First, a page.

plaintiff prior to, and independently of, the contract. Should the contract be held void, an accounting between the parties would, nevertheless, be necessary, in order to determine their rights with respect to the line of which the property here mentioned and described constitutes an important part. 2. There is another ground upon which I should feel constrained to hold that the plaintiff has, by the amended bill, shown an interest in the telegraph lines and property in controversy which a court of equity should protect. Even if we assume that the contract is void, the property accumulated or constructed under it must, as between the parties, be disposed of according to equity, and the court will not refuse to deal with that property on the ground that it was acquired under an illegal contract. Such is the doctrine established by the supreme court of the United States. The case of Planters' Bank v. Union Bank, 16 Wall. 483, was a suit to recover money received for the sale of confederate bonds. In the course of the opinion Mr. Justice Strong said: "It may be that no action would lie against a purchaser of the bonds, or against the defendants, on any engagement made by them to sell. Such a contract would have been illegal. But when the illegal transaction has been c'Onsummated; when no court has been called upon to give aid to it; when the proceeds of the sale have been actually received, and received in that which the law recognizes as having had value; and when they have been carried to the credit of the plaintiffs, the case is different. The court is there not asked to enforce an illegal contract. The plaintiffs do not require the aid of any illegal transaction to establish their case. It is enough that the defendants have in hand a thing of value that belongs to them. Some of the authorities show that, though an illegal contract will not be executed, yet, when it has been executed by the parties themselves, and the illegal object of it has been ,accomplished, the money or thing which was the price of it may be a legal consideration between the parties for a promfise, express or implied, and the court will not unravel the Itrausactions to discover its origin." Id. 499'-500'.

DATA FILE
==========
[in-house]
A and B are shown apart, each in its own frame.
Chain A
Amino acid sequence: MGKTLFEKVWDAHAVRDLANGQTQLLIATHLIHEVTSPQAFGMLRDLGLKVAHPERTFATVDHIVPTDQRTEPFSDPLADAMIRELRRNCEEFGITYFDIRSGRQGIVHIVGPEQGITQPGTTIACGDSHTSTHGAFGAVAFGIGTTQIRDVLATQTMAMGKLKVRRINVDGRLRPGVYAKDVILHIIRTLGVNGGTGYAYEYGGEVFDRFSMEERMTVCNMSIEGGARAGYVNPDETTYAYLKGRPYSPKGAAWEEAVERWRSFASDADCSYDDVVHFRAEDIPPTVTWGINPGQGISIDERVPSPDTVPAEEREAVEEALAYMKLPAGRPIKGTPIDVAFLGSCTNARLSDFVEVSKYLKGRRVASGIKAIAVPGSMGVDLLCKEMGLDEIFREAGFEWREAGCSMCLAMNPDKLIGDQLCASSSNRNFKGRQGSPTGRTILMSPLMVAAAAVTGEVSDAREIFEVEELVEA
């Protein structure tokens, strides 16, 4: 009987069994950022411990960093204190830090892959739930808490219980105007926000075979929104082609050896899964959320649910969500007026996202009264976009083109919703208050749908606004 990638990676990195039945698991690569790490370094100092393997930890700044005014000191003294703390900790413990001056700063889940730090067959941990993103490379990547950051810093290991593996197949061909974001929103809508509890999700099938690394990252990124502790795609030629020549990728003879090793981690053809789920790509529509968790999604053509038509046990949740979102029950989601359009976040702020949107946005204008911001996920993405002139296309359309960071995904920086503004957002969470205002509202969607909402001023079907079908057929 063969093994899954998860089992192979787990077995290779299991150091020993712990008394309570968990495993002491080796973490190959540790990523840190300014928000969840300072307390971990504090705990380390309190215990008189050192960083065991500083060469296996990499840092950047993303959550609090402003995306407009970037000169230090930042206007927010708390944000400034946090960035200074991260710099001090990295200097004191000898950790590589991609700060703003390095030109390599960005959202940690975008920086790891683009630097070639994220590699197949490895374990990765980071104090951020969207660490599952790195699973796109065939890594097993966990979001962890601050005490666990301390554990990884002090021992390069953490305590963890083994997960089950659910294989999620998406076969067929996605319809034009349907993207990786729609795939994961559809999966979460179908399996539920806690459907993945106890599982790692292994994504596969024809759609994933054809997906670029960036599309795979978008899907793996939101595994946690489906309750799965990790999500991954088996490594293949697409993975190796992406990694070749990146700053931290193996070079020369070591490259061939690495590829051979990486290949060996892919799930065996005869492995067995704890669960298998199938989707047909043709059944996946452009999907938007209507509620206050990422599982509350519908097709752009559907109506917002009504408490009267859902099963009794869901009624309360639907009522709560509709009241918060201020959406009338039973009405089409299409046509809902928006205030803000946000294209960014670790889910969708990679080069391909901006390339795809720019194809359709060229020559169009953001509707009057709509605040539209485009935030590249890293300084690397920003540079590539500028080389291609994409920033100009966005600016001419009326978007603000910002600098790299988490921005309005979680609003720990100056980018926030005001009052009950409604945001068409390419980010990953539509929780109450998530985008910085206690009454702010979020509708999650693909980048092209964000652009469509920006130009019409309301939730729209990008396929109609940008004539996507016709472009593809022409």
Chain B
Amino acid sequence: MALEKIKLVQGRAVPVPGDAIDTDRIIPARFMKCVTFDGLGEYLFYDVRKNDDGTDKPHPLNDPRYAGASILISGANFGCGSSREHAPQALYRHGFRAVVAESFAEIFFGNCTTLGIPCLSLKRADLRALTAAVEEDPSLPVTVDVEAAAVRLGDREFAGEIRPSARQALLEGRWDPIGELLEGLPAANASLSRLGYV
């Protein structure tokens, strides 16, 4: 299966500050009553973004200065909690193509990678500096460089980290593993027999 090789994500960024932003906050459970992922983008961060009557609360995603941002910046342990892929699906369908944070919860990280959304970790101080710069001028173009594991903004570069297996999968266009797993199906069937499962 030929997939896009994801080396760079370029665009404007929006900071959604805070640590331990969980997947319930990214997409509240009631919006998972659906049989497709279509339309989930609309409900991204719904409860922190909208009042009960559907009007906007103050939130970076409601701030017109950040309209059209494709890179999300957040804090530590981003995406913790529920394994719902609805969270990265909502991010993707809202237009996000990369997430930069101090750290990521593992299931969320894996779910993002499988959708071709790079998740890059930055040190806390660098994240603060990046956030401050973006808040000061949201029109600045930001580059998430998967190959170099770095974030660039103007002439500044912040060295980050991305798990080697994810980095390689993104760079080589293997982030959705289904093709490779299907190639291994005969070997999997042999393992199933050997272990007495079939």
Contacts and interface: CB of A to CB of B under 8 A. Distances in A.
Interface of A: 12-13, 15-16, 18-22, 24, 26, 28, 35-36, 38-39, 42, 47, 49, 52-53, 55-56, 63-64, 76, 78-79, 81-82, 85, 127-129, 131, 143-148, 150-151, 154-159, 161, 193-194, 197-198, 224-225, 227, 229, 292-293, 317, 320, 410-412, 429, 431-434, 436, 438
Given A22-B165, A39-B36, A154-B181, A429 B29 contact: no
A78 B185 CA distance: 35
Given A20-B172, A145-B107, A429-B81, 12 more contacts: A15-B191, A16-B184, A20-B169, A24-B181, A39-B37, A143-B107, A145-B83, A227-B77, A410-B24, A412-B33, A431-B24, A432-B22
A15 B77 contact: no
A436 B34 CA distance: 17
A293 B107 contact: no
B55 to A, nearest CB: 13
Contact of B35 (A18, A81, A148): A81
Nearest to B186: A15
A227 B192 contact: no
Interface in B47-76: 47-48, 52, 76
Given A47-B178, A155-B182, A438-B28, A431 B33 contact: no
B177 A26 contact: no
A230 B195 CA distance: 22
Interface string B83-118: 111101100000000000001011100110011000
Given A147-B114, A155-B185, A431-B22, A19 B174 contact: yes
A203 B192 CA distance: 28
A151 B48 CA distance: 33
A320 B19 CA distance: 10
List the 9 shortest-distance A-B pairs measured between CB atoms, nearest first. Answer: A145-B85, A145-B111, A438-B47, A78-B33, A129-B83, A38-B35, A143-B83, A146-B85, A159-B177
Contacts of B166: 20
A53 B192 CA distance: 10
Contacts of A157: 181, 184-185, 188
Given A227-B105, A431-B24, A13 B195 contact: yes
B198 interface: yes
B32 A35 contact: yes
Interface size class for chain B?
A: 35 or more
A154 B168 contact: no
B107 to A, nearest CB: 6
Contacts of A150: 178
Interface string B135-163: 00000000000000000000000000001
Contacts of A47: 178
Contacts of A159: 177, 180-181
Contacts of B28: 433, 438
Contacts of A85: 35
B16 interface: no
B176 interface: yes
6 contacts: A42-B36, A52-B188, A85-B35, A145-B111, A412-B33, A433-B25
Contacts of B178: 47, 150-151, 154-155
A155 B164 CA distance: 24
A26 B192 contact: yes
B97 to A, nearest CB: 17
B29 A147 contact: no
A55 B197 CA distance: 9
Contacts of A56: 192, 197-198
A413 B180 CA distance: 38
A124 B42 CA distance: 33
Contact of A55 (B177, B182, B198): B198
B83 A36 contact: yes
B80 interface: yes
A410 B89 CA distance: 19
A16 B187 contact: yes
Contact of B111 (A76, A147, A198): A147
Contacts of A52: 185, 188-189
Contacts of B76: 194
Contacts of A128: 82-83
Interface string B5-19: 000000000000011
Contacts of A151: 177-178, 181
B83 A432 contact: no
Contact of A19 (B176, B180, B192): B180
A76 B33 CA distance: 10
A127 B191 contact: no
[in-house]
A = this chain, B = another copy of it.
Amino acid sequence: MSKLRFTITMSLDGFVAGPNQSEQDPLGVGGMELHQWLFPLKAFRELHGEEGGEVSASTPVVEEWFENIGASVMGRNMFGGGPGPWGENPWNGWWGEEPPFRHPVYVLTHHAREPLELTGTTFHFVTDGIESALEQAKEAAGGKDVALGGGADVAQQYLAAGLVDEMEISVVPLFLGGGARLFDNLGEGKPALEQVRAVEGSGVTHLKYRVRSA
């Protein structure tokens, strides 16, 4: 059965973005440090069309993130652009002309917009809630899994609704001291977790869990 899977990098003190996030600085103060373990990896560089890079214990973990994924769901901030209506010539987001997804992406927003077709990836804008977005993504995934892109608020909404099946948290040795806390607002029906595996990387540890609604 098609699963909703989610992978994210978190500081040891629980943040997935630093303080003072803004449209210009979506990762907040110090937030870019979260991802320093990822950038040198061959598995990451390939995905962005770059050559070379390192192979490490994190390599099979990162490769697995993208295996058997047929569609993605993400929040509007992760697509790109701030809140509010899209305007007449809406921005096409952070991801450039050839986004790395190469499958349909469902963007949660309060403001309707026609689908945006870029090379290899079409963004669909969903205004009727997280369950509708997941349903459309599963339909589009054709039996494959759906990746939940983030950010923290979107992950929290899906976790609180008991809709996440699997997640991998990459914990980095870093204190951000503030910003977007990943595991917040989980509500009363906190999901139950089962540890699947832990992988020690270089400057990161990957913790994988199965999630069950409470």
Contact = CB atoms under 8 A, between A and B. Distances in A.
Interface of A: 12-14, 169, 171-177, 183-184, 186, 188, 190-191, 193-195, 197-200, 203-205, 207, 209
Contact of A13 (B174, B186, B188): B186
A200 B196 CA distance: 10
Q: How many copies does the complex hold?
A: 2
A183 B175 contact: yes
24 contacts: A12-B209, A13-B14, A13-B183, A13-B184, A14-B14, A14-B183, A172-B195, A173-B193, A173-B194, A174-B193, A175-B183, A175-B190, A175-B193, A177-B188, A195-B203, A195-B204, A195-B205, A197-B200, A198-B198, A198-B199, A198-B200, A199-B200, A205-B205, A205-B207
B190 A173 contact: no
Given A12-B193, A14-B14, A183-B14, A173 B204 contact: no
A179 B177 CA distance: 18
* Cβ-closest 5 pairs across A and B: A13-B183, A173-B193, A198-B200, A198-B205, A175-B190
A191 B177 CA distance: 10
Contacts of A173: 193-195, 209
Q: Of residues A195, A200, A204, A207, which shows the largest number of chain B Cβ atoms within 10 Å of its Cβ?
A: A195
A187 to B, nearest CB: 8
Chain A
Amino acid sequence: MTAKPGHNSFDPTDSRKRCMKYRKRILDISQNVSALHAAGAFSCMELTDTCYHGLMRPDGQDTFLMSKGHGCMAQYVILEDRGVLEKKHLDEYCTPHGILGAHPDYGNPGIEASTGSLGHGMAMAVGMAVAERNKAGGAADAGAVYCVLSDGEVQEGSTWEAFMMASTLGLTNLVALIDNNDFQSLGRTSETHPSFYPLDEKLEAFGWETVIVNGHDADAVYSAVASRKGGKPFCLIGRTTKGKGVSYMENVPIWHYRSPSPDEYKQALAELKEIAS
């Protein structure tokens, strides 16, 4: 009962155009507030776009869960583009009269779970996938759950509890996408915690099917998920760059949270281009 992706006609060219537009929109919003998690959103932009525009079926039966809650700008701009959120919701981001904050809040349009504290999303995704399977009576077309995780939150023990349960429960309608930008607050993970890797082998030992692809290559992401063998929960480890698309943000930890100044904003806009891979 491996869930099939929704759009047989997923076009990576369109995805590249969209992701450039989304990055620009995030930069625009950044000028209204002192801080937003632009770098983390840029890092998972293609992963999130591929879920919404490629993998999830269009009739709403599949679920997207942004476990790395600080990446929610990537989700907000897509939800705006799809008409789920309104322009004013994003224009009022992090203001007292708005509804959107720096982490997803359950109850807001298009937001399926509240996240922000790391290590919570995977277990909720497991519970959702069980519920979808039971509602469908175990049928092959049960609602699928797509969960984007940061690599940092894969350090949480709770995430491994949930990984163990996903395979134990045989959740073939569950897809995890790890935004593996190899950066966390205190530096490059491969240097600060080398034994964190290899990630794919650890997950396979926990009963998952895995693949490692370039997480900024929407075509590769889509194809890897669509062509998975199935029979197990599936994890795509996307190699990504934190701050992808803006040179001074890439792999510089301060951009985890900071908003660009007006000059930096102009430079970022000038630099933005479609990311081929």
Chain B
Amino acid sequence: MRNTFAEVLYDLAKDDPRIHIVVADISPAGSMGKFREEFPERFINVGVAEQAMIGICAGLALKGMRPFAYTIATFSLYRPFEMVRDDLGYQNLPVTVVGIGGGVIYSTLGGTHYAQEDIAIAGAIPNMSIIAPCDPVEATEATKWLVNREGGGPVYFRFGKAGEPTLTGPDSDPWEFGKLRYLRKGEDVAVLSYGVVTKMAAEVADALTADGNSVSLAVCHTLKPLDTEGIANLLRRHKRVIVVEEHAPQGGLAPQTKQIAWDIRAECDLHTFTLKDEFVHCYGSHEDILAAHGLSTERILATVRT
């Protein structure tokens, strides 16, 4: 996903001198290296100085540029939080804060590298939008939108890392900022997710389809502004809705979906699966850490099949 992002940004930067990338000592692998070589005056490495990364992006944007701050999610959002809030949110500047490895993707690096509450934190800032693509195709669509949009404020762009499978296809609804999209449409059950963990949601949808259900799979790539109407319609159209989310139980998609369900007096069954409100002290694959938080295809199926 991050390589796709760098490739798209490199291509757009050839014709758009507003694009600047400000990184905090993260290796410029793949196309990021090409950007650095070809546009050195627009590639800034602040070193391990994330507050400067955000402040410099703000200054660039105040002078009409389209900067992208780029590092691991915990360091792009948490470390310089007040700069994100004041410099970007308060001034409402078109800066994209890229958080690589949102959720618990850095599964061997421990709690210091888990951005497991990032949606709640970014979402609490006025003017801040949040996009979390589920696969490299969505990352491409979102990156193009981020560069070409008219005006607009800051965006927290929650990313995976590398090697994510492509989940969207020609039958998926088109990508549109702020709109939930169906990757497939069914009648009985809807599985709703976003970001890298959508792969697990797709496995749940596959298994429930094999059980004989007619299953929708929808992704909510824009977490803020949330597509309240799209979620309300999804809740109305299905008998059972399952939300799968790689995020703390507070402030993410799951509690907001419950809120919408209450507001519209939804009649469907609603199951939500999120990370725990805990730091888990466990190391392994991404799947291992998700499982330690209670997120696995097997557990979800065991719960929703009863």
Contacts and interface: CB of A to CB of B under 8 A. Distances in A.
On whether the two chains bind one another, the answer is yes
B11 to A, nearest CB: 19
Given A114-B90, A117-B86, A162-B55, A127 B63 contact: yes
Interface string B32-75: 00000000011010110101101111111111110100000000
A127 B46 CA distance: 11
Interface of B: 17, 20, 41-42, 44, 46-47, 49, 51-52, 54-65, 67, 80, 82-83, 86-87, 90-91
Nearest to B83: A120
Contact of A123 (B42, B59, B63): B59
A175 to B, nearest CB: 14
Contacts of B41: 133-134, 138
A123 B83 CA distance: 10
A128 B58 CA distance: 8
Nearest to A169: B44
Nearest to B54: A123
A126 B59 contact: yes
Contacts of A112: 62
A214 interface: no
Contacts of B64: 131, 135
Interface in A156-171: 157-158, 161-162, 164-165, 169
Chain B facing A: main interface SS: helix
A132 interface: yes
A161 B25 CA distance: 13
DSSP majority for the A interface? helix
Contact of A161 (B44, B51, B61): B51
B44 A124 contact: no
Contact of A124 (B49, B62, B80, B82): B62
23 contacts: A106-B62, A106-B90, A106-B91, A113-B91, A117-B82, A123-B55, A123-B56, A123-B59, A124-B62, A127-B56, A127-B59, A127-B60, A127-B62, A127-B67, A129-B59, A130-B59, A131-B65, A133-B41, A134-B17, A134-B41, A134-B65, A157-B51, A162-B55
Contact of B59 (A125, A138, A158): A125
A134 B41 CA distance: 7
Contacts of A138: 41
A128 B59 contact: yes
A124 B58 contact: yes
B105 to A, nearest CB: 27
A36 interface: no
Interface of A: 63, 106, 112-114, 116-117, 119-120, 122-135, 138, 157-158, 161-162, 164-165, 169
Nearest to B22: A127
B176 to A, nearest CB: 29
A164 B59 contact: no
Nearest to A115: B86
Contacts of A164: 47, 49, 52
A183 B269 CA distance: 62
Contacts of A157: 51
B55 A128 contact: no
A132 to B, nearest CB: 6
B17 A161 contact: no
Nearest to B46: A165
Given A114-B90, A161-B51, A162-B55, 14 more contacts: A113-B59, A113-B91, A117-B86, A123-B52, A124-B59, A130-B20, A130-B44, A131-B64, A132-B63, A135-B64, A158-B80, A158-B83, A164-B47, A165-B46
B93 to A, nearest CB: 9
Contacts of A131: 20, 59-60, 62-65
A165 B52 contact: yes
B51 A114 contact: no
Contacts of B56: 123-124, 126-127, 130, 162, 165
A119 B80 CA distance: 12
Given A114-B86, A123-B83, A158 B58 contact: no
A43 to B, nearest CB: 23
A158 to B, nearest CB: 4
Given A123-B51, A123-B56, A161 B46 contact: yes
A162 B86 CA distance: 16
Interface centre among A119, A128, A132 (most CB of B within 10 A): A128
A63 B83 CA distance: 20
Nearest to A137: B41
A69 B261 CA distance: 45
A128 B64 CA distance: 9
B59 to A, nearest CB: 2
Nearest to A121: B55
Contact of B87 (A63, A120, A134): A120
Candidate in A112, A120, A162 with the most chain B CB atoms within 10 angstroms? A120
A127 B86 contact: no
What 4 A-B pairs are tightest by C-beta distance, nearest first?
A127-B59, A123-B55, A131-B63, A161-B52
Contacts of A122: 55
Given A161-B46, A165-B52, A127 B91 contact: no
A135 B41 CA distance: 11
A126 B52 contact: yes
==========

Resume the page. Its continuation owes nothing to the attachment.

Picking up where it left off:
And the following cases cited and approved by Justice Strong in his opinion: Faikney v. Reynolds, 4 Burrows, 66, (2069;) Petrie v. Hannay, 3 Term, 418, 419.;' Lestapies v. Ingraham, 5 Barr, 71; Arm,ytrong v. Toler, U Wheat. 258; McBlair v. Gibbes, 17 How. 232, 236; Brooks v. Martin, 2 Wall. 70. In Brooks v. Martin it was held, upon fnll consideration, that after a partnership transaction, confessedly in violation of an act of congress, has been carried out, a partner in whose hands the profits are cannot refuse to account for and divide them on the ground of the illegal chara.cter of the original All of these cases admit the invalidity of a contract bottomed in immorality or in a violation of a statute, and they all agree that where a party comes into court and asks relief upon such a contract it must be denied. But they make .80 distinction petween those cases in which '80 court is ll:sked to enforce such a contract, and those in which a court is asked to deal with property which has been adquired as the result of the execution thereof. Such property may constitute the, f\ubject-matter of a suit at law 9r in equity, notwithstand· ing: the invalidity of the contract under which it was.acquired. App,lying .this doctrine to the case in hand, we find, accord, ing to the allegations of the amended bill, that besides the property acquired by plaintiff from the United States Telegraph Company (and which beQame and is a part of the line) the plaintiff has expended upon said line over one hundred thousand dollars in excess of the contributions made by the railway company under the contract. The fact seems to be that,. by expenditures made by the plaintiff, and by contributions from the railway company, the line bas been constructed, reconstructed, and maintained. If the contract were set aside it would, I think, leave the parties joint owners of the property, and a case for equity jurisdiction, in the adjustment and settlement of their respective interests, would be presented. 3. I reserve for further consideration hereafter the question of the effect of the parol agreement set out in the amended